Thank you for that answer. I really appreciate your honesty. You’ve spoken a lot about the benefits of restorative justice to the community to participants. I was wondering what you think are the benefits of working in this field for yourself?

I think feeling like you're improving issues or problems — making a difference, so to speak, and improving the lives of people. Anything we can do to reduce crime and custody levels is important, because in some cases, custody can be effective, but in many it’s not the best long term solution.. So reducing incarceration and making the community safer are motivators for me. The work is very interesting, too; we’re trying new ways and approaches.

I suppose the inverse of that, then, is: What are the challenges of working in this area?

The public perception that it's all a bit airy fairy. That restorative justice can take a lot of time, so wouldn't it just be easier just to send people to jail? Also, trying to work out all the referral processes. Working out if the circle approach is a good option for someone, or if a mediation pathway would be better. It’s problem solving. Like any general manager or director role, you've got lots of different teams doing different things, so keeping them all on track, trying to deal with their own disputes and differences of opinions. That's often a challenge.

Absolutely. I would like to read you a passage from a text published earlier this year by four American feminist activist-academics advocating for prison abolition. They write:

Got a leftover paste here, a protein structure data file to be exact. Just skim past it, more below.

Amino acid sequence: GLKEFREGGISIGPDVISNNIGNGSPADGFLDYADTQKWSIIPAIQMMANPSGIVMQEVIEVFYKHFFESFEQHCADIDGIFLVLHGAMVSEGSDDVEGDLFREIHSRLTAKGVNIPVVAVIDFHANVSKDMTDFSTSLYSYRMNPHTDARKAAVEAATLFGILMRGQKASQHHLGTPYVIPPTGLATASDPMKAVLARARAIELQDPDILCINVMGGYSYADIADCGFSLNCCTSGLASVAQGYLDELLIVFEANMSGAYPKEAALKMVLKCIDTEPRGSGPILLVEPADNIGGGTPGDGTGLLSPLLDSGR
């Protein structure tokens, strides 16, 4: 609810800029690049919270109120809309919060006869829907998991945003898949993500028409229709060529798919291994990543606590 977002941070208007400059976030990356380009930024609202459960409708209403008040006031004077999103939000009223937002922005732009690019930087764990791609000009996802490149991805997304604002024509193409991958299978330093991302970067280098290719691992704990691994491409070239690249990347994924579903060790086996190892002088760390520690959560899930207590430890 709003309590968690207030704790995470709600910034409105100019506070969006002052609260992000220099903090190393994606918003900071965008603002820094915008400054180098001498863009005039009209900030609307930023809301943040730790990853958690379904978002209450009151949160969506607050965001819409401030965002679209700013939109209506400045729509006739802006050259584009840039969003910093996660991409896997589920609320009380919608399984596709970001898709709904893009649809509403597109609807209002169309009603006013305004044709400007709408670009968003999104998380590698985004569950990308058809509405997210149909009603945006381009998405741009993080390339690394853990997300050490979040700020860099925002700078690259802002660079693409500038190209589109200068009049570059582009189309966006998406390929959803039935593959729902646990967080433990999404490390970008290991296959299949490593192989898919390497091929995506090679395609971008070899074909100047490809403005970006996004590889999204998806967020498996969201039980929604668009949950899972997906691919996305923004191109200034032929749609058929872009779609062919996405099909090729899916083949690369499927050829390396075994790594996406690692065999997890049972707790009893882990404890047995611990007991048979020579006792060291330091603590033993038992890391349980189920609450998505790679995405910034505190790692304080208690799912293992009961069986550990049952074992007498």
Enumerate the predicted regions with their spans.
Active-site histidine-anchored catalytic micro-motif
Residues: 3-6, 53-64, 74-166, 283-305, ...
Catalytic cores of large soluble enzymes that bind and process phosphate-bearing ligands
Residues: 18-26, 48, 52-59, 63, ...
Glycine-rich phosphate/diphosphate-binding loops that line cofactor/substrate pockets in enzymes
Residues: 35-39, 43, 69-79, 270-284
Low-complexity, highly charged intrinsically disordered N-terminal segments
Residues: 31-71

“Many of these small [restorative justice] networks fracture as a result of pressure from funders and others to expand, “scale up,” “streamline,” or “brand,” or to provide a service rather than organise, focus on policy work not base work, elevate a single charismatic leader/director instead of a collective, network with legislators not ordinary people. [...] Since paid employment has opened up for restorative justice practitioners and experts, many of these positions can now only be filled by someone with expensive certifications and credentials.” [3]

What is your perspective?

I agree that that it is a problem. That whole management culture is a problem really, isn't it? And one of the things we do with our peacemaking service, which uses the circle methodology, is actually train people in the community so that they can deliver it. We're definitely working to ensure that the community can build skills in restorative practices, and that's a way of countering that. At the same time, there are some aspects of restorative practice — for example, family violence or sexual abuse — where you would want someone who is quite skilled and has a background in psychology or counselling or working in that service. It could possibly have very much to do with the aspect of restorative justice, really. But I generally agree with the point they’re making.

This may be the most complex question of all: Do you have hope for the future of restorative justice more generally?